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Published In: Journal of the Horticultural Society of London 1: 153–154. 1846. (J. Hort. Soc. London) Name publication detail
 

Project Name Data (Last Modified On 8/25/2017)
Acceptance : Accepted
Project Data     (Last Modified On 7/9/2009)
Status: Introduced

 

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1. Jasminum nudiflorum Lindl. (winter jasmine)

Map 2101

Plants shrubs, 0.4–1.5 m tall (but the spreading stems up to 5.0 m long), with perfect flowers. Main stems numerous, intricately branched, mostly loosely ascending to spreading or arched, sometimes rooting at the tip, rarely climbing on other vegetation, the bark tending to remain dark green, but eventually turning purplish brown to dark brown or brown with age, smooth or with a few, irregular, longitudinal furrows. Twigs relatively slender, dark green or occasionally purplish- or brownish-tinged, glabrous, 4-angled in cross-section (usually with 4 slender ridges), with the leaf scars not or only slightly raised and the lenticels inconspicuous, small, and not raised. Terminal buds narrowly ovoid to narrowly ellipsoid, with several, overlapping, sharply pointed scales, the axillary buds similar to the terminal ones. Leaves opposite, short-petiolate to nearly sessile. Leaf blades mostly ternately compound (simple leaves often present at the bases of branchlets), 0.7–3.0 cm long, 0.4–1.5 cm wide, the blade or leaflets ovate to oblong-obovate or less commonly nearly circular, angled or short-tapered at the blunt tip (sometimes with an abrupt, minute, sharp point at the very tip), angled at the base, the margins entire but usually minutely hairy, the upper surface dark green, glabrous, and shiny, the undersurface sometimes slightly lighter green and glabrous. Inflorescences axillary, of solitary flowers, developing before the leaves, each usually with 1 or few, small, sepaloid bract(s), the flowers with slender stalks 2–6 mm long, not fragrant. Calyces deeply 5- or 6-lobed, 4–6 mm long, the lobes narrowly lanceolate to narrowly oblong-lanceolate, often strongly reddish-tinged. Corollas 5- or 6-lobed less than 1/2 way to the base, more or less trumpet-shaped (the tube often slightly curved), the lobes elliptic to oblong-elliptic or oblong-obovate, yellow (the outer surface and the tube frequently reddish-tinged). Style 2–5 mm long, either with a solitary, capitate stigma or more commonly with a pair of ascending branches at the tip. Fruits berries, 5–7 mm long, ellipsoid to ovoid, olive green, turning blackish with age, glabrous. 2n=26, 52 (possibly also 2n=29, 34, 48). February–March.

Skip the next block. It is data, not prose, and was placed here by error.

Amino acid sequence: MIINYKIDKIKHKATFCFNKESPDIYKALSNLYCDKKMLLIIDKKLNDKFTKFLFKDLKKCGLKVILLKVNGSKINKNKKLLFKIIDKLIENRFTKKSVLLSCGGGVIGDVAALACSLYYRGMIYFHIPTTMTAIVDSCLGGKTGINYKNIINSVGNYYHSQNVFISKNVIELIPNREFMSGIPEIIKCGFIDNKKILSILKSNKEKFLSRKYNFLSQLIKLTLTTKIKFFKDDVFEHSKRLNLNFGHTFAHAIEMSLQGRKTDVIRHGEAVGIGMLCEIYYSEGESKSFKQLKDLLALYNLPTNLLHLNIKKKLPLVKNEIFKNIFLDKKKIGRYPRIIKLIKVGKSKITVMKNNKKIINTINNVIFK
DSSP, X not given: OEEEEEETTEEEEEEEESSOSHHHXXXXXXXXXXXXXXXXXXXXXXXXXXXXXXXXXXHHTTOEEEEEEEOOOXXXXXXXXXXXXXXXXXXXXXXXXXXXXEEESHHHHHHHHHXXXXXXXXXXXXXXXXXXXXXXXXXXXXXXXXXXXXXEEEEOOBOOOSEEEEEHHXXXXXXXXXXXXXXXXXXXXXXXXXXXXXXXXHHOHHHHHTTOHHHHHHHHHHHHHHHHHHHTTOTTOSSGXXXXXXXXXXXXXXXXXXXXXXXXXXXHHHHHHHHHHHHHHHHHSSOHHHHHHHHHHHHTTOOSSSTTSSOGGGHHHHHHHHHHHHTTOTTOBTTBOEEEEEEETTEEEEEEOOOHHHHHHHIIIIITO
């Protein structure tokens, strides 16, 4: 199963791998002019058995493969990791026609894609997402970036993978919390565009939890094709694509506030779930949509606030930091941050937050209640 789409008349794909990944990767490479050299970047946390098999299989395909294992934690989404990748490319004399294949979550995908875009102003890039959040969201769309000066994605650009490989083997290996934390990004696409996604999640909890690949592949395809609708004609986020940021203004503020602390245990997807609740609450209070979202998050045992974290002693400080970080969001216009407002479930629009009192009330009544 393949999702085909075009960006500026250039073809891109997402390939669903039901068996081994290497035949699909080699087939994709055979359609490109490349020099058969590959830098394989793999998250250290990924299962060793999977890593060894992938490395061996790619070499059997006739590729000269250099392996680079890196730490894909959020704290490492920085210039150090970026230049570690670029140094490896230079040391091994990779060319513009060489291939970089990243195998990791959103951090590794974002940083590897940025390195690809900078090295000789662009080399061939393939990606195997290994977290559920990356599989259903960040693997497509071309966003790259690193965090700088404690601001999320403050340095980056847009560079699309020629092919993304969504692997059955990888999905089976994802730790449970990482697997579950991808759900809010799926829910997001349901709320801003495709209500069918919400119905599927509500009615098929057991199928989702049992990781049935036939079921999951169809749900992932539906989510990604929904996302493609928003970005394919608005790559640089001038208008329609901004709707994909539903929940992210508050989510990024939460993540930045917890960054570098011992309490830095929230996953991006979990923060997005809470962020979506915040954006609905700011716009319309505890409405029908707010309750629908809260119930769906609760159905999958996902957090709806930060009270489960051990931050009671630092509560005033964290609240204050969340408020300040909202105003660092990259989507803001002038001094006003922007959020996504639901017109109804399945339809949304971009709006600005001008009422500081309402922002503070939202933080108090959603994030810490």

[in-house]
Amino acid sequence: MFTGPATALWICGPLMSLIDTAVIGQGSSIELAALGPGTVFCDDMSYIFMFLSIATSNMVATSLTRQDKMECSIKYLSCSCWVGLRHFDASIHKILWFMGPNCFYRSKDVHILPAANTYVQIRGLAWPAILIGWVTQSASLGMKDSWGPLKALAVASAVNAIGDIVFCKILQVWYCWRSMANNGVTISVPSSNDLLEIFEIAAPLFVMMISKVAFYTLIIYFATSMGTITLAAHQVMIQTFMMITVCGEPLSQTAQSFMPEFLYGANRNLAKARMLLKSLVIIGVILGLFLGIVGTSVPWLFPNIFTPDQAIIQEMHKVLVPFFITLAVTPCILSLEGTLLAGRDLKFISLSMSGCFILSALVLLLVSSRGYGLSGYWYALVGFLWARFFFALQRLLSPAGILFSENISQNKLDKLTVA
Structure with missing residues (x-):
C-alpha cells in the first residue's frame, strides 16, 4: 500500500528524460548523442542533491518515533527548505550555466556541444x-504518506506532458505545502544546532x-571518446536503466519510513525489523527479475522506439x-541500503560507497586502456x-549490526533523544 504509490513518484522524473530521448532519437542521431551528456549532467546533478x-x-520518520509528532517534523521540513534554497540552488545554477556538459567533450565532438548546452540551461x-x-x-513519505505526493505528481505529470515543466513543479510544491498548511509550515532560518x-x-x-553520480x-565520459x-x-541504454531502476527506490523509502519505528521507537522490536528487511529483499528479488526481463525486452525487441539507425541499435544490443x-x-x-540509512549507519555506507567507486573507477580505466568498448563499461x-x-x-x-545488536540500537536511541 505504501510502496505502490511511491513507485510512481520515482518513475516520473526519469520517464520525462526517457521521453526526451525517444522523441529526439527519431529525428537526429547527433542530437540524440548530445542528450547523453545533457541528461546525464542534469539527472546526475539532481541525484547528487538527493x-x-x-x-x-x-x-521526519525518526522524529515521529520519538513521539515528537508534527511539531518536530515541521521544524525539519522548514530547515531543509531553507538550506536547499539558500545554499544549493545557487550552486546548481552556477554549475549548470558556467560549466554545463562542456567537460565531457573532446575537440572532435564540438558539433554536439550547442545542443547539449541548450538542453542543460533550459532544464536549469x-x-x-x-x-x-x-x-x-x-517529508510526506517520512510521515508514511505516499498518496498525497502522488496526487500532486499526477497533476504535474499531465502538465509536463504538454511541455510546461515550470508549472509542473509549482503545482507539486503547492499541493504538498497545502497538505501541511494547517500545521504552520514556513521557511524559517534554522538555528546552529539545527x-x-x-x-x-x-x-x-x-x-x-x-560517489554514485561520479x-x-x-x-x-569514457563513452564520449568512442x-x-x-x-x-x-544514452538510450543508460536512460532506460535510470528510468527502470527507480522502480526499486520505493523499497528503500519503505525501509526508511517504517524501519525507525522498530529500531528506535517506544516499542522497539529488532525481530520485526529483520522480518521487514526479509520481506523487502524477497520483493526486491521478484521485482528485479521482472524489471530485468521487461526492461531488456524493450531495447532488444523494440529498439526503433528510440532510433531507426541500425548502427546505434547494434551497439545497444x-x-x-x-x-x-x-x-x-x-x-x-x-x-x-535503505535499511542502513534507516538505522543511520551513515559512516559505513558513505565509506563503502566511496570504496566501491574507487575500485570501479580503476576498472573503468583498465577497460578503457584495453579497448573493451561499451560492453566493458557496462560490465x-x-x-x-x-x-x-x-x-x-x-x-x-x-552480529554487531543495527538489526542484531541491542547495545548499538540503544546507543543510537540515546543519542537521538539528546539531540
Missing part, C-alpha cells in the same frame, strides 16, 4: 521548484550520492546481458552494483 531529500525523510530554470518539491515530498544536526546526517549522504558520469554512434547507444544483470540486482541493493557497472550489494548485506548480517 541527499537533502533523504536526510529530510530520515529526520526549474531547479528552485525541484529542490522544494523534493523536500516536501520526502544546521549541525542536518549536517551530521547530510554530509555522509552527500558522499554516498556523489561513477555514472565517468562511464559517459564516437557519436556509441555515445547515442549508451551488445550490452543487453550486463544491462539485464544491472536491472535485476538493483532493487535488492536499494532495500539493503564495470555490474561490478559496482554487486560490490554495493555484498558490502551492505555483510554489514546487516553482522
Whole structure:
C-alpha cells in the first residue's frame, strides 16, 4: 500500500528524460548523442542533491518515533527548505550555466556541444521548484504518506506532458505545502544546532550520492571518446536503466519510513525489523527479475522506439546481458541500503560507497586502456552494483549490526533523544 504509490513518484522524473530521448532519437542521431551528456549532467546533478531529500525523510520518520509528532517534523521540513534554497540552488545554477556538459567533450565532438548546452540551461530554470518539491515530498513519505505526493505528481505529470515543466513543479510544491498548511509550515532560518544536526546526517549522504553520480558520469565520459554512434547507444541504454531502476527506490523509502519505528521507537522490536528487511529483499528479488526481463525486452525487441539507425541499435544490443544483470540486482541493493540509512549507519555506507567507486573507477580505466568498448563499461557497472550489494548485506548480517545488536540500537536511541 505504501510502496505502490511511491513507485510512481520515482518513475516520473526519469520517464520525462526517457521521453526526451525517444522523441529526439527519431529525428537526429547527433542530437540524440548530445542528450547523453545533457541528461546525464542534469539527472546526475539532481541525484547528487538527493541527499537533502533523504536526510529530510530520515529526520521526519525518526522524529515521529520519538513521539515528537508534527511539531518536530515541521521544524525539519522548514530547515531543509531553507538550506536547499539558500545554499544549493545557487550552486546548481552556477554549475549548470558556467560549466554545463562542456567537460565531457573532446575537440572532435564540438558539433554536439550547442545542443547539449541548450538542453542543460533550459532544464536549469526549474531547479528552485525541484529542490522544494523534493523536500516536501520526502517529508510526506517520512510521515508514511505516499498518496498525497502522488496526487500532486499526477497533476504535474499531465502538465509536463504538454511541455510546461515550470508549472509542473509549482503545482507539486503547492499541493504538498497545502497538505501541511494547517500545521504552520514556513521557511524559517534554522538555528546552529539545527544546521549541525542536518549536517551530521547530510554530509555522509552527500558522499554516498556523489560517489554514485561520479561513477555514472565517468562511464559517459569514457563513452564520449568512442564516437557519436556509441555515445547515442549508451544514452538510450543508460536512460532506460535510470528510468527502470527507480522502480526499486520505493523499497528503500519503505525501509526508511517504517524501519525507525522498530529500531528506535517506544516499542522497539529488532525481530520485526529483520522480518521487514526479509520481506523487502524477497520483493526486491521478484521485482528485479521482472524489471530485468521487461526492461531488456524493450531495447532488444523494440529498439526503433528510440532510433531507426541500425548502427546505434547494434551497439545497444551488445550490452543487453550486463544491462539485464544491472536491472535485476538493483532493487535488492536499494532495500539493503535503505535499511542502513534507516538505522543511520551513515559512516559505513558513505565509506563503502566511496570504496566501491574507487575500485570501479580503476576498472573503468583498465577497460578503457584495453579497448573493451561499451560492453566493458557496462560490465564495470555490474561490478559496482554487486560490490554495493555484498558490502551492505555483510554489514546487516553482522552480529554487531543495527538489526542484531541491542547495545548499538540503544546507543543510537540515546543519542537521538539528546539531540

Introduced, known thus far from a single site in Taney County (native of Asia, introduced uncommonly and sporadically in the eastern half of the U.S.). Glades; also old homesites.

Jasminum nudiflorum is most often grown as a mounding ground cover, but sometimes is trained on trellises or staked into an upright form. The flowers appear in the late winter, when few other plants are flowering. It is also used in bonsai, where it is trained into a small treeform plant with weeping branches. In Missouri it is not cultivated as frequently as it is farther south, as it is only semihardy from USDA Hardiness Zone 5 northward (for a chart of hardiness zones, see the introductory section on climate of Missouri in Volume 1 of the present work [Yatskievych, 1999]). The first Missouri record was collected in 2004 by Michael Skinner of the Missouri Department of Conservation at a site near Branson where plants apparently had escaped from a planting at an old homesite and colonized an adjacent dolomite glade.

Some botanists segregate a dwarfed, prostrate variant of the species that occurs at high elevations in southwestern China as var. pulvinatum (W.W. Sm.) Kobuski.

 


 

 
 
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